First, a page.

Danny McCance 12 Oct 2018 12:28pm

Budget 2018: Hammond to overhaul self-employed tax

The Treasury plans to overhaul controversial tax rules around personal service companies

The existing off-payroll working rules (IR35) were introduced in 2000 to stop taxpayers avoiding employment taxes by working through their own companies. They were toughened up for the public sector in April 2017 when responsibility for deciding whether the rules apply and for deducting the appropriate taxes passed from the individual contractor to public authorities.

A report from the BBC today said that the chancellor Philip Hammond could use the Budget later this month to announce a reform of the rules.

The Treasury estimates that as many as a third of those claiming to be self-employed as a “personal service company” actually work full-time and that non-compliance could cost HMRC as much as £1.2bn a year by 2023.

The changes would demand that businesses using personal service companies take responsibility to make sure that those contractors not on payroll adhere to IR35.

Research published last year found that the public sector is losing top talent due to IR35 reforms, with 71% of public sector projects being cancelled or delayed as a result of talent leaving.

One of the big losers has been the NHS, which has seen 25% of its departments lose half of their flexible staff.

Earlier this year, HMRC won its first IR35 ruling in nine years against former BBC presenter Christa Ackroyd.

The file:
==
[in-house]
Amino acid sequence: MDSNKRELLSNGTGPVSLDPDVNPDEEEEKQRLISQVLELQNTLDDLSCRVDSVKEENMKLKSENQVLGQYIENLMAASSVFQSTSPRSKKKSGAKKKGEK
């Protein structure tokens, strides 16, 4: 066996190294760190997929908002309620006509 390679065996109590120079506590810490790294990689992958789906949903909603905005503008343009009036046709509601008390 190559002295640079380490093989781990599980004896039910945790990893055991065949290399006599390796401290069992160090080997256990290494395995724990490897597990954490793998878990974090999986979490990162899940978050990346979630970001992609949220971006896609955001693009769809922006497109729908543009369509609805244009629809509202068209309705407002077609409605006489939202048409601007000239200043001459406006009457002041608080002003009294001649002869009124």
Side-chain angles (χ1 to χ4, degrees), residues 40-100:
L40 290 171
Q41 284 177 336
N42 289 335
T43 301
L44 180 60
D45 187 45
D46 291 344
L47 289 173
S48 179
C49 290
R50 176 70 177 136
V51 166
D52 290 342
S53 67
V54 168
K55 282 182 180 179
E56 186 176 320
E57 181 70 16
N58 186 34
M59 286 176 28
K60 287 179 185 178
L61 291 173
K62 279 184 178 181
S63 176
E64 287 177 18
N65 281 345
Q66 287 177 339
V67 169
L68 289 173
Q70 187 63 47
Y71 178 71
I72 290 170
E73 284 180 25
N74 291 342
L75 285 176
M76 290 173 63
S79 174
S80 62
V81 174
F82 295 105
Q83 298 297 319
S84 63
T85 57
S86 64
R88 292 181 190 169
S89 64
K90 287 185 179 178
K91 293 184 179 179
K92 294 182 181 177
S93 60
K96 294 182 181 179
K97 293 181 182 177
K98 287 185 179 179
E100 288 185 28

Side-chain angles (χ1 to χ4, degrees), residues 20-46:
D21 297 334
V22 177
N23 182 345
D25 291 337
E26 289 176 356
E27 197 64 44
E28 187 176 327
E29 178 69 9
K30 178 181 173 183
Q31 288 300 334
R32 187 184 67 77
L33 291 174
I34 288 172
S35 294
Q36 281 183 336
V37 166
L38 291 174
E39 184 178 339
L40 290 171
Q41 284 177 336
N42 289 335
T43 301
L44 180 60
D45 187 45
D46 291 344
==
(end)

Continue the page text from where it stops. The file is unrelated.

Estimates from HMRC suggest that a similar move in the public sector has raised £410m since 2016.

ICAEW has previously called for the proposed IR35 reforms to be postponed until at least 2020.

Anita Monteith, technical lead and senior policy adviser in ICAEW’s Tax Faculty, said that the ICAEW has made representations stating that at the moment it feels that there are sufficient problems with the way the system is working within the public sector and therefore further changes should not be made until the current issues have been solved.

"We accept that you can’t have two systems in the long run, but we do think that these things need to be resolved first.

"We will then need time for the many, many more engagers in the private sector to be trained and have the rules explained to them before any change is made. April 2019 too early," Monteith said.

Meanwhile, in an interview with the BBC’s economics editor Kamal Ahmed today Hammond said that there would be a “deal dividend” for the UK if a good deal on Brexit can be reached.

The chancellor pointed to the Office for Budget Responsibility’s forecast as the basis for the government’s current projections, explaining it was essentially a mid-point between a no-deal and an Eurpean Economic Area (EEA) solution.

The EEA includes EU members but also enables non-members Iceland, Lichtenstein and Norway to be part of the EU’s single market to ensure free movement of people, goods, services and capital between the countries and the EU member states.

“The deal we’re trying to negotiate with the EU now represents an improvement from the point of view of the British economy over that mid point and therefore should deliver us an upside in the form of higher economic growth and better outcomes than were otherwise anticipated,” said Hammond.

Last week, in its 2018 World Economic Outlook report, the International Monetary Fund downgraded the UK’s growth forecast from 1.7% to 1.4% for 2018.